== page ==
Business and Shalom are seldom seen in the same sentence. Shalom is a word more often heard in church than in the marketplace.
However, just coming from a visit with entrepreneurs in Liberia, I’m more convinced than ever of the vital role of business in bringing about true shalom, the shalom God calls us to build here on Earth. Shalom should be a driving force behind the mission of every business, and shalom provides an excellent framework for a wholistic, multiple bottom line kingdom-building business.
The Biblical vision for “shalom” goes beyond our common understanding of peace. As the Christian philosopher Nicholas Wolterstorff writes, “Shalom is the human being dwelling at peace in all his relationships: with God, with self, with fellows, with nature… shalom is not merely the absence of hostility… at its highest it is enjoyment in one’s relationships1.”
Relationships are at the heart of shalom, and the marketplace is a place of relationships. We will not achieve a true vision of shalom if we don’t achieve shalom in business, and as Christians in business, we need to be leading this crusade.
Wolterstorff goes on in his essay to describe shalom as a rich and joyous state of right relationship (justice), delight in service of God, the human community and the creation around us. Shalom is not a peaceful spiritual state where physical needs aren’t met, where people are still hungry, injustices prevail or work is no more. Rather, our right relationship with nature involves work and reward. Wolterstorff reflects that the Biblical shalom includes “shaping the world with our labour and finding fulfilment in doing so,” as well as enjoying the fruit of our labour, celebrating with “a banquet of rich fare for all the people.” (Isaiah 25:6)
So how can this vision of shalom guide business? It reminds me of the advice of a friend from Zimbabwe who, after listening to a long debate about the mission of business, said, “We just need to do business as Jesus would.” I think shalom is a valid framework for how Jesus would do business. You can assess if your business is driven by and resulting in right and joyous relationships with God, self, others, and Creation.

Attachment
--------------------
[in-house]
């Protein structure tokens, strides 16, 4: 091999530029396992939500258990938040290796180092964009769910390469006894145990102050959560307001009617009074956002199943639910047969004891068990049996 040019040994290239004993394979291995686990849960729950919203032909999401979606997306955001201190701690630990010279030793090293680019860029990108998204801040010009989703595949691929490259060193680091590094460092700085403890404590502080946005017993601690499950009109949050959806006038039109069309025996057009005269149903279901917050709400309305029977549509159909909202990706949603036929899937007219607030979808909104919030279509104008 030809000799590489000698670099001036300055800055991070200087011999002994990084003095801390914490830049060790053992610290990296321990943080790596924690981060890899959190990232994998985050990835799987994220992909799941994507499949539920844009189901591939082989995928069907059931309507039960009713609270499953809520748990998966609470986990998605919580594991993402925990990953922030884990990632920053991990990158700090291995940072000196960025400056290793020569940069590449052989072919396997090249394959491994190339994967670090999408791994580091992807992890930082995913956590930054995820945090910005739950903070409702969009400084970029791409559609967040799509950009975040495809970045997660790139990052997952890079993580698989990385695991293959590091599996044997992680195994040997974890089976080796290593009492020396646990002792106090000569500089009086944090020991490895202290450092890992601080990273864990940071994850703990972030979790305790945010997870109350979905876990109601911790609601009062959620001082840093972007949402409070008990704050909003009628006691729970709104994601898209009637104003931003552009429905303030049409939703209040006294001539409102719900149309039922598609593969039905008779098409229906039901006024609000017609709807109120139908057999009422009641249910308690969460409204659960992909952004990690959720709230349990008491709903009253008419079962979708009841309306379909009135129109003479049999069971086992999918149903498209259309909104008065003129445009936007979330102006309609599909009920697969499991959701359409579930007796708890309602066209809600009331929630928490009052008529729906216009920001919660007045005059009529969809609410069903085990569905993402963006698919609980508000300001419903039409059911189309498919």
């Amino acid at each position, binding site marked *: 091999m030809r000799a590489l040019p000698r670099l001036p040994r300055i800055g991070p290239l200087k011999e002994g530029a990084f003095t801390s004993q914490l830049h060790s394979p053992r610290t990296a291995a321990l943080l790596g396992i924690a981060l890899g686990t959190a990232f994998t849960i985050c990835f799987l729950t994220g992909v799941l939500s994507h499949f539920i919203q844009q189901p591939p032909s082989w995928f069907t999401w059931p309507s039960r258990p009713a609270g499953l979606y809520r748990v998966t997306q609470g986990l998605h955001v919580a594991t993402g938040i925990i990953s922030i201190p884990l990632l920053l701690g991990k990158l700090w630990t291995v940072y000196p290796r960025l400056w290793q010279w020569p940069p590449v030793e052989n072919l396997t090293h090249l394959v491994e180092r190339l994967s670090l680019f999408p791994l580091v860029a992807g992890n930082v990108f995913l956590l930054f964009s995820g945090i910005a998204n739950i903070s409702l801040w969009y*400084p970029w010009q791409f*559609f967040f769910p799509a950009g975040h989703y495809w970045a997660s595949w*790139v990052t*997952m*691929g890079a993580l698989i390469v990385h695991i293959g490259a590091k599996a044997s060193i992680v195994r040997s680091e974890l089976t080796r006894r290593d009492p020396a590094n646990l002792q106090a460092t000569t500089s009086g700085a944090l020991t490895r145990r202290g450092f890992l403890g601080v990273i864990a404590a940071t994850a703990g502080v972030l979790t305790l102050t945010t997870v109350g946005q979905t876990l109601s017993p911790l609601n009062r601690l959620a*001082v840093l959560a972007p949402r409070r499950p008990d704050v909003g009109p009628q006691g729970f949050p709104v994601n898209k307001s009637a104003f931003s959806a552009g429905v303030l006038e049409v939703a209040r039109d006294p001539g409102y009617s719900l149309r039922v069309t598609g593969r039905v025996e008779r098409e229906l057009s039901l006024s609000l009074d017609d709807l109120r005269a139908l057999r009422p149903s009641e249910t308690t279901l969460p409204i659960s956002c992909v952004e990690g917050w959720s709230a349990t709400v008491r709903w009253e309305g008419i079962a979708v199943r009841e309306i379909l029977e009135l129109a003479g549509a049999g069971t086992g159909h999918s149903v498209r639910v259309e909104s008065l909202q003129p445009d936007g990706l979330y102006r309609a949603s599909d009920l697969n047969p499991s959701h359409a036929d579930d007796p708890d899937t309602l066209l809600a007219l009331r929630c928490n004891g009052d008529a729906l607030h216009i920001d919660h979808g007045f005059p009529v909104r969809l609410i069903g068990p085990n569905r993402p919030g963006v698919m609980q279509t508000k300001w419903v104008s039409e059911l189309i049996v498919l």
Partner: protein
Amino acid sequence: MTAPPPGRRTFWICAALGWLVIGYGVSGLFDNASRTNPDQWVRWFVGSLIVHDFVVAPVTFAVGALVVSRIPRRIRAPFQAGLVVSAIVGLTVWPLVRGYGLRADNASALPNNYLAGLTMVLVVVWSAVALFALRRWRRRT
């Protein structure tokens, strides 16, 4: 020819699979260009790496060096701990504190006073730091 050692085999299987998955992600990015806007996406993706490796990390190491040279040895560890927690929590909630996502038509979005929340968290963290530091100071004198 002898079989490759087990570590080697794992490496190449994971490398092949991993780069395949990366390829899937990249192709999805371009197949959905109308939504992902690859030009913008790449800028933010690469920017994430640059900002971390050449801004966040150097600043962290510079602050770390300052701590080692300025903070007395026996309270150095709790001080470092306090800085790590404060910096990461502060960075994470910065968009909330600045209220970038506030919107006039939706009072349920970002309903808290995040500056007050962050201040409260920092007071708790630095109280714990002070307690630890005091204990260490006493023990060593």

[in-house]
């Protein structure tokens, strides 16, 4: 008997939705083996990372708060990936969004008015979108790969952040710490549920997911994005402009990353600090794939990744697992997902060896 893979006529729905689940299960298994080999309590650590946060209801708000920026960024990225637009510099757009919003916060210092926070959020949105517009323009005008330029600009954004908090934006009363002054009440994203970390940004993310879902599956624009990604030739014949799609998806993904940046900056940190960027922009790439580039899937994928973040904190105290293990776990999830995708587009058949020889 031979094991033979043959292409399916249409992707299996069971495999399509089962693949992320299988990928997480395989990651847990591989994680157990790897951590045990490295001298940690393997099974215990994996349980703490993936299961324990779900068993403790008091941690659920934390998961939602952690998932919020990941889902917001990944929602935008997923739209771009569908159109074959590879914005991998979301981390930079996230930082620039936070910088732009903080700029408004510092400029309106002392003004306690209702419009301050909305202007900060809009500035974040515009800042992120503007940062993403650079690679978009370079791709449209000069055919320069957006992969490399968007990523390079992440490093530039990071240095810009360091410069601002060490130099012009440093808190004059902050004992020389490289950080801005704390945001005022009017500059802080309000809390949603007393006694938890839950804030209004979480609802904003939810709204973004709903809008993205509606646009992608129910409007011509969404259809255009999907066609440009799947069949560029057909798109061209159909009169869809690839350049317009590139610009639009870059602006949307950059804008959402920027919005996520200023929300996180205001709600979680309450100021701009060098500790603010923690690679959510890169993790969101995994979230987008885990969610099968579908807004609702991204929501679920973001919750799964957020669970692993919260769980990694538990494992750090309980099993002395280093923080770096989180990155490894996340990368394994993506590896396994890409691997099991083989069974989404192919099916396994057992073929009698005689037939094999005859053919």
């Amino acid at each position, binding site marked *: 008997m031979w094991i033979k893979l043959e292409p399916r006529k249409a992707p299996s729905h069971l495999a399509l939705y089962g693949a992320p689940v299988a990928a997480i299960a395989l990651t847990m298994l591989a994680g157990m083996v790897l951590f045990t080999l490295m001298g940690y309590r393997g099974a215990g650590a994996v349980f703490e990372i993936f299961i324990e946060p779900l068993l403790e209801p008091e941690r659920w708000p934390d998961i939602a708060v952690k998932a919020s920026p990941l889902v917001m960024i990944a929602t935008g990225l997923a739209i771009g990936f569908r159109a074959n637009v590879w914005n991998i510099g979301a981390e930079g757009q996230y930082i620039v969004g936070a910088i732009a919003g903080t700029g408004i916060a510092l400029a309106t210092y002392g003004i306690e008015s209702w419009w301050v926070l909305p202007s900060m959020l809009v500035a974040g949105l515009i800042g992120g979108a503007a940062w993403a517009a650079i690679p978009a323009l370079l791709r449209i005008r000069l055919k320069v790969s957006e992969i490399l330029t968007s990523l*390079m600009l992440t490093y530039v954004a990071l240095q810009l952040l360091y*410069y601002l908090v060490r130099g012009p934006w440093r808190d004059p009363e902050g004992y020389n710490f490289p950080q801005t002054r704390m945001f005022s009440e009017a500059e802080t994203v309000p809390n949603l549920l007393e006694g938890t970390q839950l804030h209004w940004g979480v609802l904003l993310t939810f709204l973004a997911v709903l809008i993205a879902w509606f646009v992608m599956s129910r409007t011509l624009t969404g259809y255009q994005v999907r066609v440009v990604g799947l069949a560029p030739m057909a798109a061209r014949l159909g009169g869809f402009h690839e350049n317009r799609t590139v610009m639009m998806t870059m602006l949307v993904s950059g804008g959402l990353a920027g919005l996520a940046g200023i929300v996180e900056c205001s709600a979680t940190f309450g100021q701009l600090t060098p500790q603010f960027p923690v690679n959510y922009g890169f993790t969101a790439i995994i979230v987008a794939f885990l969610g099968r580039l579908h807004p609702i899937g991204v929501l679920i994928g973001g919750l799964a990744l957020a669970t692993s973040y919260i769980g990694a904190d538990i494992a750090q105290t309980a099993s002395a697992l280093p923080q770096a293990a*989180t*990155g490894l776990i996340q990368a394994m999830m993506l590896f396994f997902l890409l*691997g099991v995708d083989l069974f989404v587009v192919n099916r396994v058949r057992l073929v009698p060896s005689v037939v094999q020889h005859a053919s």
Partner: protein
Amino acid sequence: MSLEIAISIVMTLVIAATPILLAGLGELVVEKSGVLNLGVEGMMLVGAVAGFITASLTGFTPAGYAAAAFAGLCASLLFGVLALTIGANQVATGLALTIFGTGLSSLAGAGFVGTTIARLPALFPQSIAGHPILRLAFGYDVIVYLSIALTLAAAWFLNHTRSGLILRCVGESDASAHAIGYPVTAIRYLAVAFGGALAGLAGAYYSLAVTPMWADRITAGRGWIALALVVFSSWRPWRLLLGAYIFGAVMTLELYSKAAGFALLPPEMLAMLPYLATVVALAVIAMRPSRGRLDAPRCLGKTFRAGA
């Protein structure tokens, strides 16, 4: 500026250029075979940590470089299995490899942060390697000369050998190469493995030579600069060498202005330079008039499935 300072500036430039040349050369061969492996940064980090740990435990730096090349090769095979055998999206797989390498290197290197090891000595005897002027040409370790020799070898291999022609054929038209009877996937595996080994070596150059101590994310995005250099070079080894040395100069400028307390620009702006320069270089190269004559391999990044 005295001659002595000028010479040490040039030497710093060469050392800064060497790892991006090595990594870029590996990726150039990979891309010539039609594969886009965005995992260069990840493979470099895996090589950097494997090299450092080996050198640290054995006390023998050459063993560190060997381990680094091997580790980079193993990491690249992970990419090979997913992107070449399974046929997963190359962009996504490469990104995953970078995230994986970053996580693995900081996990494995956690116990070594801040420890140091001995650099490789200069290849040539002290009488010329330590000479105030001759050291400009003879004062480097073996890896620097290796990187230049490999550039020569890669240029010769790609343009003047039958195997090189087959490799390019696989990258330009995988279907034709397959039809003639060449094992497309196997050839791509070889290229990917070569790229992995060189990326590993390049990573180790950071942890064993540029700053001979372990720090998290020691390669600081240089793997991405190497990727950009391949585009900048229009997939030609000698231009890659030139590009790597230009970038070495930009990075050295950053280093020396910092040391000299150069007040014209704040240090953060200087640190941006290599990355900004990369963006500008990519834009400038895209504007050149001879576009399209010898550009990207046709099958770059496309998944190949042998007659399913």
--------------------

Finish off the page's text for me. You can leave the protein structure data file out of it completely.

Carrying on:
Going back to my recent visit to Liberia, I witnessed examples of business and shalom. Liberia is a country still coming out of the devastation of a 20-year civil war and more recently a deadly Ebola epidemic. The people of Liberia have experienced life without shalom, and are now deeply committed to peace and restoration of their nation and its people. The entrepreneurs I saw (clients of LEAD, INC, or “Liberia Entrepreneurs for Asset Development, In the Name of Christ) were beacons of hope in the pursuit of not just peace, but full shalom in Liberia.
In Liberia, we saw businesspeople growing their businesses and proud of employing dozens in this economy with over 85 percent unemployment. There were testimonies of business profits educating children, feeding families, caring for the sick and building churches. One rural women’s cooperative had created so much economic activity in their community that they were able to attract, and become shareholders in, a community bank—the first bank established in that town after the war.
Another businesswoman was using the front of her retail shop to provide small vending spaces for youth to do business, at no cost, “just to give them something to do other than hang out on the streets.” Every business story we heard had faith woven into the fabric of how they do business and how they treat those they do business with. As the owner of a small clinic said, “this is all about being able to serve the people in my community, it brings me joy every day.”
These entrepreneurs are agents of shalom, working in and through the marketplace to rebuild right and joyous relationships with God, self, others and creation in Liberia.
How can you and your business answer God’s call to be an active part of building God’s vision for shalom?
1 Nicholas Wolterstorff, Until Justice and Peace Embrace, 1983.
As published on businessasmission.com